- The Washington Times - Tuesday, March 11, 2003

Visitors to the annual National Cherry Blossom Festival downtown may be disappointed this year because most of the cherry blossoms won't bloom until after the festival ends.
The winter's low temperatures are predicted to persist throughout the festival, which will be held March 22 to April 7, pushing the peak bloom period for the cherry blossoms back to April 8-14, according to National Park Service horticulturalist Robert DeFeo.
The festival's 250 entertainment and sporting events will be over by the time the peak bloom arrives, but festival director Diana Mayhew said she isn't worried about the delayed blossoms damaging attendance or the quality of the festival. The festival typically attracts about 700,000 to a million people.
"I'm not concerned about the blossoms being late. Anytime you're dealing with Mother Nature, there's no guarantees," said Mrs. Mayhew. She said she was looking at the bright side.
"It's part of the anticipation and the whole mystery of the cherry blossoms. I think it will be a positive focus on the city for a little while longer," she said.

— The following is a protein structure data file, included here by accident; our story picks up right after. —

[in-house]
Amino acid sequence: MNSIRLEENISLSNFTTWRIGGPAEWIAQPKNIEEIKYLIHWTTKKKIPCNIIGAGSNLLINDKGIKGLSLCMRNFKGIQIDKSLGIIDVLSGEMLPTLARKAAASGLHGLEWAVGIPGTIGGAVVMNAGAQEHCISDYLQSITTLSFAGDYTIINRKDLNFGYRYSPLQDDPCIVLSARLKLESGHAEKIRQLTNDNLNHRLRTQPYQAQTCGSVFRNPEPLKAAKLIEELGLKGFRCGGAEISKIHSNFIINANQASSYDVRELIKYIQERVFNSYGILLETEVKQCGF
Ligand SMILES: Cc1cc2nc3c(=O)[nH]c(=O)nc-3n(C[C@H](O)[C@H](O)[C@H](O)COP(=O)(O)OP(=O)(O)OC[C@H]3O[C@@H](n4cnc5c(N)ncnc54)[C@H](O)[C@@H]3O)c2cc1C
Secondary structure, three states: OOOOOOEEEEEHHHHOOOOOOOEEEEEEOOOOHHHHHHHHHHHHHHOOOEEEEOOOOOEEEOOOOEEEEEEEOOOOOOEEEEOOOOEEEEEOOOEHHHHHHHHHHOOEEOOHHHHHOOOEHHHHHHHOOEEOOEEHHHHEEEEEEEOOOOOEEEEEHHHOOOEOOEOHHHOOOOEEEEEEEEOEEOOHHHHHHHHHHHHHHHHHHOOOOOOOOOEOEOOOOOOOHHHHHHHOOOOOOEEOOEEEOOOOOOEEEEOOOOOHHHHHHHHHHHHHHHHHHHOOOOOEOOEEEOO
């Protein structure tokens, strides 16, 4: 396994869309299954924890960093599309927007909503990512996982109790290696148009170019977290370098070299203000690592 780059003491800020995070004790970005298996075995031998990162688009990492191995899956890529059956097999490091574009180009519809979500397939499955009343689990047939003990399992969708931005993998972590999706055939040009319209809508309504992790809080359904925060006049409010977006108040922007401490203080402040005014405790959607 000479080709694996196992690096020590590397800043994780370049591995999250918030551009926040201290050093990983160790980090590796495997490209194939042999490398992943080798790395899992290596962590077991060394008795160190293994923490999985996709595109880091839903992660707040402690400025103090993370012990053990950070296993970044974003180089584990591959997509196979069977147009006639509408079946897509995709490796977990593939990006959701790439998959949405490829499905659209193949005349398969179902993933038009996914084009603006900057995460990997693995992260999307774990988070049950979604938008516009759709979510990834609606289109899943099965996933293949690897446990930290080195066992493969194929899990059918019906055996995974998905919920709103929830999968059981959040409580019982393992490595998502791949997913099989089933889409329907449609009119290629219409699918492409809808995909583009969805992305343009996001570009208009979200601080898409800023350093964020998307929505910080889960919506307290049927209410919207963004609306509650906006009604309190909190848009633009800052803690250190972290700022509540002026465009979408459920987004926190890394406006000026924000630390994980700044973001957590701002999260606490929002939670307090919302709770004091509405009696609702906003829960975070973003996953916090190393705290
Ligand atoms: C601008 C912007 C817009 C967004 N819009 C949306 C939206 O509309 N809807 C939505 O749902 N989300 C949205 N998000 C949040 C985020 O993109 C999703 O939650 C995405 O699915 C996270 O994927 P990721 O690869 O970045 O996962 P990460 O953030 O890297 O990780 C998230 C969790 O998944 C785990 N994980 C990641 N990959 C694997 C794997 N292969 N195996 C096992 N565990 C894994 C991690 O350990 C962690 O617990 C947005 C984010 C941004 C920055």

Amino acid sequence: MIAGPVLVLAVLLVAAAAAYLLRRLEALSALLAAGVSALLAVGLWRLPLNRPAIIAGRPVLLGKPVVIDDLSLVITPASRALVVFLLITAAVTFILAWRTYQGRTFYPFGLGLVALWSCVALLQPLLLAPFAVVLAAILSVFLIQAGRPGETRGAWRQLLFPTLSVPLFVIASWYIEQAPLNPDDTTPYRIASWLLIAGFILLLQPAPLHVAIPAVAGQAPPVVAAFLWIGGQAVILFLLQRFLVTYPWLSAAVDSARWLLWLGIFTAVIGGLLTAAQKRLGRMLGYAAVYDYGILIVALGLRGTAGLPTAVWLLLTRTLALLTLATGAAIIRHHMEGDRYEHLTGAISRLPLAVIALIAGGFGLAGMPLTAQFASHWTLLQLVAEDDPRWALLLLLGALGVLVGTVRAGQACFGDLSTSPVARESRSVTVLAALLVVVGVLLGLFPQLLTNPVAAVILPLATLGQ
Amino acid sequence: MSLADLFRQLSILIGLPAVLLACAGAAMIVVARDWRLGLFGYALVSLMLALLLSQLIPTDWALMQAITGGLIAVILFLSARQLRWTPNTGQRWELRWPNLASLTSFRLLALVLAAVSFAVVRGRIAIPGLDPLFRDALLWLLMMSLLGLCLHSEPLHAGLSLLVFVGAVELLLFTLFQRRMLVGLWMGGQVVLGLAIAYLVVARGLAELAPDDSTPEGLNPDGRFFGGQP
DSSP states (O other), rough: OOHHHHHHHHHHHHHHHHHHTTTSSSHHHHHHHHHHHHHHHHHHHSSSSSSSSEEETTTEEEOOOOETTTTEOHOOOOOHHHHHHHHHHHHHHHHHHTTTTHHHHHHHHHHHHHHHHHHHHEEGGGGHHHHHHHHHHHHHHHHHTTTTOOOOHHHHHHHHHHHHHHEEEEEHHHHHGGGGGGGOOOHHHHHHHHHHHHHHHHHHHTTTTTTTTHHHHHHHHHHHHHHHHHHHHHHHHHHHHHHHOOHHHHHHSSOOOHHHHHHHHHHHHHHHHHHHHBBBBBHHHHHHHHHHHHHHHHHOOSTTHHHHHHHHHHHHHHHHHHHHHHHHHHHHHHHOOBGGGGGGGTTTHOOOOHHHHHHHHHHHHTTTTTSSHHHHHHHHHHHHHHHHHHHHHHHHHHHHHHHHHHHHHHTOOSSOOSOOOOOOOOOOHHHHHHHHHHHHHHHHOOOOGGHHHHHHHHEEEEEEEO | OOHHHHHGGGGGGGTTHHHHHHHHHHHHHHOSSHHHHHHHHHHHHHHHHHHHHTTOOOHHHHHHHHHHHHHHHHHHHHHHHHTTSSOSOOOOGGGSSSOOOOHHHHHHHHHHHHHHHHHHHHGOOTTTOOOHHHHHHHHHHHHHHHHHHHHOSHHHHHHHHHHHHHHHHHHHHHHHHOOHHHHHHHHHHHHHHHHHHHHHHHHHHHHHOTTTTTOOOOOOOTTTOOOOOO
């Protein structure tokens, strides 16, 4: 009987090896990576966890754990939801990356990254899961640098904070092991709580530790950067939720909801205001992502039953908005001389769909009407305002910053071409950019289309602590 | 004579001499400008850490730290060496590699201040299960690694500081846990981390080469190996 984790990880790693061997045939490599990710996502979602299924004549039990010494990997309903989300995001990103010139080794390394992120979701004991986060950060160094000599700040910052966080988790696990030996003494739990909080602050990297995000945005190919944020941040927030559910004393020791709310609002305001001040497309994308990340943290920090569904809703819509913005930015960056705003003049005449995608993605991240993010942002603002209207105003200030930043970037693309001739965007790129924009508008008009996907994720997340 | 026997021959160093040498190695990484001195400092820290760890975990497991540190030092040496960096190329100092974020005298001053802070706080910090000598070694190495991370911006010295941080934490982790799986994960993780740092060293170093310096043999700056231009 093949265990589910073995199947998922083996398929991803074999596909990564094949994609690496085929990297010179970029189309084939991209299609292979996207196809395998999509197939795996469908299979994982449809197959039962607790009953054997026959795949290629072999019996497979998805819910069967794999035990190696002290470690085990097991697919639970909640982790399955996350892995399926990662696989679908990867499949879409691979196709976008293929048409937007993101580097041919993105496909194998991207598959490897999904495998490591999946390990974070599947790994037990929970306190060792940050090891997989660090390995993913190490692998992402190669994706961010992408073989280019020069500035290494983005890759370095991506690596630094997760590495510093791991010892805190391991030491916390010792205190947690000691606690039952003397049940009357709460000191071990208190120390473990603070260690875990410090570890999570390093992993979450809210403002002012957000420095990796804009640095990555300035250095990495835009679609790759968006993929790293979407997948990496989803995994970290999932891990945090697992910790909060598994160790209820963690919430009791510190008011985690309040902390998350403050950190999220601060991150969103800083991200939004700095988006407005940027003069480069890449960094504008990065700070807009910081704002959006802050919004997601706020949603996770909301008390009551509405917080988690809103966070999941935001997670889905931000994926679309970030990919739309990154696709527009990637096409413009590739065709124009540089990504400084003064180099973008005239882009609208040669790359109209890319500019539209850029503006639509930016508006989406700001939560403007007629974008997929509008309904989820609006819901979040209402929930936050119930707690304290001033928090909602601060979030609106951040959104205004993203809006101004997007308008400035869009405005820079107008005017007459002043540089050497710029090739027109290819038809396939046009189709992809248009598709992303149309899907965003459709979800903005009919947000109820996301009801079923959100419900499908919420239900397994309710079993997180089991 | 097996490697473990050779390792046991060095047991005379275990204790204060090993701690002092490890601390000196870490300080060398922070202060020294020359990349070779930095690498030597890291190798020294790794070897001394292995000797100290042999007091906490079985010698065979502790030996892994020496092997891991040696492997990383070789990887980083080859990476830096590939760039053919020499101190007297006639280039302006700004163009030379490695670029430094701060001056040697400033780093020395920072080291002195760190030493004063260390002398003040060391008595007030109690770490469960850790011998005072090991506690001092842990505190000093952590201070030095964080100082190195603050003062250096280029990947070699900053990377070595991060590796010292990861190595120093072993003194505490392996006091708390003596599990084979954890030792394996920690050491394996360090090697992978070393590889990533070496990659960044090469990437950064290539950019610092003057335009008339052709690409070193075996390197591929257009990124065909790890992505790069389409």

"You're always going to disappoint somebody, but they will still bloom and they will be beautiful."
Mr. DeFeo said that the pink-and-white cherry blossom buds formed in December but will need two to three days of warm weather and nighttime temperatures in the mid- to upper 40s to begin blooming.
"The buds are just sitting, waiting for the temperature to warm up so they can do their thing," he said.
The peak period is when 70 percent of the trees are in bloom. There are 3,700 of the Japanese cherry trees planted around the Potomac Tidal Basin, 100 of which are from the original stock presented to the United States by the Japanese government in 1912. This year's festival recognizes 150 years of formal relations between the United States and Japan.
Mrs. Mayhew also said that concern about terrorism may keep tourists from visiting the festival, especially with a war in Iraq looming.
"If the festival started today, people are still downtown and visiting, but who knows what the next week will bring. We're not really sure at this point. Hopefully, we can lead our lives as usual," she said.
"You can't worry about things you can't control."
There is one form of cherry blossom that traditionally blooms early and will be in bloom during the festival: the weeping blossom.

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